Western Greek, Sicily, ca. 6th/5th century BC
A rare and amusing pinax of an animalistic Gorgon with large eyes and facial features. Gorgoneion pinakes served as votive objects deposited in a sanctuary or affixed within a burial chamber. This unusual presentation will certainly radiate its apotropaic properties when needed.
Condition: Put together from 4 fragments, but complete. Joints invisible
Provenance: ex. property of Mr. M. Q.-F, Horgen, Switzerland, since 1971
A Gorgoneion is a protective symbol in ancient Greek art that depicts the head of the Gorgon, a mythical creature with snakes for hair and a terrifying gaze that could turn people to stone. The Gorgoneion was believed to have the power to ward off evil and protect the person who wore it or displayed it.
The image of the Gorgoneion was often used as an apotropaic symbol, meaning it was used to ward off evil or bad luck. It was often depicted on shields, armor, or even as an architectural feature on buildings. The symbol was also sometimes used in jewelry, such as amulets or pendants, and was believed to bring good luck and protection to the wearer.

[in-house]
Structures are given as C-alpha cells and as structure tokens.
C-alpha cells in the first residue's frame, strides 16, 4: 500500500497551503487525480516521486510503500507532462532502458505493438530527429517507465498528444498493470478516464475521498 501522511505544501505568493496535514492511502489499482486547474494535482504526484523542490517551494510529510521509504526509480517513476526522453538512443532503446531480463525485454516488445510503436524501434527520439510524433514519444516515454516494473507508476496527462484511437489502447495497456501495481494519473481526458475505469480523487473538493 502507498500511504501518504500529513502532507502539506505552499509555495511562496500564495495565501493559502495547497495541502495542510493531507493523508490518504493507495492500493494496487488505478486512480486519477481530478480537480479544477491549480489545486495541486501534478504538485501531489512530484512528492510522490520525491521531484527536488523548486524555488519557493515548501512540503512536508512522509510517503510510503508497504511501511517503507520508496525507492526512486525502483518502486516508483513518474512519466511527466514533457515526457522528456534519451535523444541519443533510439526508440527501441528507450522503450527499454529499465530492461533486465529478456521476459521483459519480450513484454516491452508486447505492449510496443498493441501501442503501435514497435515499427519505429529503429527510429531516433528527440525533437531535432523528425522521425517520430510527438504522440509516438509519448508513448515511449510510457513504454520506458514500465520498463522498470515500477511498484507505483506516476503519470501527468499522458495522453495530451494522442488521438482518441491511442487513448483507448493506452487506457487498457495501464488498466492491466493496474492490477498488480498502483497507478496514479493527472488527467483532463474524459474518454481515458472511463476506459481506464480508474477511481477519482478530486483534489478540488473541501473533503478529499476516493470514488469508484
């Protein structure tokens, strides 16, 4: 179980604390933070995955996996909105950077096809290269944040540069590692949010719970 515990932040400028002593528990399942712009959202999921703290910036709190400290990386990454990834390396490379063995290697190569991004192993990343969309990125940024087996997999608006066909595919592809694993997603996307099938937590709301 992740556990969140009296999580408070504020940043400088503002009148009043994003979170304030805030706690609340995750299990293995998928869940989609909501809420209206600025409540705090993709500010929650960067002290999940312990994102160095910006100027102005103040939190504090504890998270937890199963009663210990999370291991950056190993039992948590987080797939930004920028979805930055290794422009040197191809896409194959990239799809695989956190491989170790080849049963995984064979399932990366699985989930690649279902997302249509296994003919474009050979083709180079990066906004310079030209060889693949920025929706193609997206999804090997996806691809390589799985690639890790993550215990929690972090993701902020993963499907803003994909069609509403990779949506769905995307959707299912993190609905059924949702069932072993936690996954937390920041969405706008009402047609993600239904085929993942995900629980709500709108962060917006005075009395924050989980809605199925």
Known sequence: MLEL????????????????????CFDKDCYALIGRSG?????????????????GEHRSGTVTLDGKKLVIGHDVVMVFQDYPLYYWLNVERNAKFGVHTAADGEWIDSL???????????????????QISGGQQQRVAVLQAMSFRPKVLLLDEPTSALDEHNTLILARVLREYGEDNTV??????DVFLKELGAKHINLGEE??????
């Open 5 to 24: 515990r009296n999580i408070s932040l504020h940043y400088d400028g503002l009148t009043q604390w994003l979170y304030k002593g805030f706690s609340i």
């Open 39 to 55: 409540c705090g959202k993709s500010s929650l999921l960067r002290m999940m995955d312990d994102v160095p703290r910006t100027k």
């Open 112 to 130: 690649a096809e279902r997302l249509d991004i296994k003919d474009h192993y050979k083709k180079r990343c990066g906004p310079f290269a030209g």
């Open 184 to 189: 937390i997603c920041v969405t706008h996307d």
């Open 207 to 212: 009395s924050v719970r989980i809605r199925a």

The most famous depiction of the Gorgoneion is probably the one on the aegis, a shield or breastplate worn by the goddess Athena in Greek mythology. The Gorgoneion was placed at the center of the aegis, and it was believed to give the goddess the power to terrify her enemies and protect her allies.
Item reference: CL1467